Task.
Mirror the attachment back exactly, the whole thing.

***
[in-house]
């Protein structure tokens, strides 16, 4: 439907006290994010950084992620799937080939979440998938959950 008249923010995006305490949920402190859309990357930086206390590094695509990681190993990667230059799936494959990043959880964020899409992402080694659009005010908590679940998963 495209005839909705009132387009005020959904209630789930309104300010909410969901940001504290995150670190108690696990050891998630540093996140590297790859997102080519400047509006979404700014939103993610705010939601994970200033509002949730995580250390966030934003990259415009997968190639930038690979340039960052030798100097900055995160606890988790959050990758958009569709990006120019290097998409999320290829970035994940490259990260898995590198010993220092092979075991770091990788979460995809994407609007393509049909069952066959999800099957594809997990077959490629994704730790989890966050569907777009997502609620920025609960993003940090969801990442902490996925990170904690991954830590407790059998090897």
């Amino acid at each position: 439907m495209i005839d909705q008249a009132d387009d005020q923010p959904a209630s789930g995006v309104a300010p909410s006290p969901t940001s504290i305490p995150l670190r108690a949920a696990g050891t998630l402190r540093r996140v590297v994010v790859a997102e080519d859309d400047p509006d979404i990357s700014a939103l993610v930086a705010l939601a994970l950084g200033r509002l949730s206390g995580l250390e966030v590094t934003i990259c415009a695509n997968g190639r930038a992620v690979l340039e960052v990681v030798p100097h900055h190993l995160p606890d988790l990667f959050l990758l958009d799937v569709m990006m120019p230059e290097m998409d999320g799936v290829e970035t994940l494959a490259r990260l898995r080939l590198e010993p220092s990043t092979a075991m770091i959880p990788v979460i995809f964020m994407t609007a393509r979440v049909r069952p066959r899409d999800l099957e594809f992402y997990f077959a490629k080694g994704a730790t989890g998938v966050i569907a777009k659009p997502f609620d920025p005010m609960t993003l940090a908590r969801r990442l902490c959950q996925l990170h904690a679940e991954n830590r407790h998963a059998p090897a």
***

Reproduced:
[in-house]
């Protein structure tokens, strides 16, 4: 439907006290994010950084992620799937080939979440998938959950 008249923010995006305490949920402190859309990357930086206390590094695509990681190993990667230059799936494959990043959880964020899409992402080694659009005010908590679940998963 495209005839909705009132387009005020959904209630789930309104300010909410969901940001504290995150670190108690696990050891998630540093996140590297790859997102080519400047509006979404700014939103993610705010939601994970200033509002949730995580250390966030934003990259415009997968190639930038690979340039960052030798100097900055995160606890988790959050990758958009569709990006120019290097998409999320290829970035994940490259990260898995590198010993220092092979075991770091990788979460995809994407609007393509049909069952066959999800099957594809997990077959490629994704730790989890966050569907777009997502609620920025609960993003940090969801990442902490996925990170904690991954830590407790059998090897």
């Amino acid at each position: 439907m495209i005839d909705q008249a009132d387009d005020q923010p959904a209630s789930g995006v309104a300010p909410s006290p969901t940001s504290i305490p995150l670190r108690a949920a696990g050891t998630l402190r540093r996140v590297v994010v790859a997102e080519d859309d400047p509006d979404i990357s700014a939103l993610v930086a705010l939601a994970l950084g200033r509002l949730s206390g995580l250390e966030v590094t934003i990259c415009a695509n997968g190639r930038a992620v690979l340039e960052v990681v030798p100097h900055h190993l995160p606890d988790l990667f959050l990758l958009d799937v569709m990006m120019p230059e290097m998409d999320g799936v290829e970035t994940l494959a490259r990260l898995r080939l590198e010993p220092s990043t092979a075991m770091i959880p990788v979460i995809f964020m994407t609007a393509r979440v049909r069952p066959r899409d999800l099957e594809f992402y997990f077959a490629k080694g994704a730790t989890g998938v966050i569907a777009k659009p997502f609620d920025p005010m609960t993003l940090a908590r969801r990442l902490c959950q996925l990170h904690a679940e991954n830590r407790h998963a059998p090897a």